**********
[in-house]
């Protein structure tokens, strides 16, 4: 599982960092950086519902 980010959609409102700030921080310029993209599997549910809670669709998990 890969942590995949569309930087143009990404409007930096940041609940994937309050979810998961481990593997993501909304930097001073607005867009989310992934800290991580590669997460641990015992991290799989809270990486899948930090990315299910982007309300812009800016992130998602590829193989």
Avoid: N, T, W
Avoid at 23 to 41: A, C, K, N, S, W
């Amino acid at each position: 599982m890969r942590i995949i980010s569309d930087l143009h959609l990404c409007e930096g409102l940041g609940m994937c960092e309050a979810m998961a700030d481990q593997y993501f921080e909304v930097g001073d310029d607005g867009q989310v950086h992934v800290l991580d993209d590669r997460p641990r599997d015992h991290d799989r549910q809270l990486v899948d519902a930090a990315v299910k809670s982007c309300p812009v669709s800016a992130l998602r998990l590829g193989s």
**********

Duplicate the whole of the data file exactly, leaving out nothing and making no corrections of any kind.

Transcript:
[in-house]
């Protein structure tokens, strides 16, 4: 599982960092950086519902 980010959609409102700030921080310029993209599997549910809670669709998990 890969942590995949569309930087143009990404409007930096940041609940994937309050979810998961481990593997993501909304930097001073607005867009989310992934800290991580590669997460641990015992991290799989809270990486899948930090990315299910982007309300812009800016992130998602590829193989």
Avoid: N, T, W
Avoid at 23 to 41: A, C, K, N, S, W
């Amino acid at each position: 599982m890969r942590i995949i980010s569309d930087l143009h959609l990404c409007e930096g409102l940041g609940m994937c960092e309050a979810m998961a700030d481990q593997y993501f921080e909304v930097g001073d310029d607005g867009q989310v950086h992934v800290l991580d993209d590669r997460p641990r599997d015992h991290d799989r549910q809270l990486v899948d519902a930090a990315v299910k809670s982007c309300p812009v669709s800016a992130l998602r998990l590829g193989s």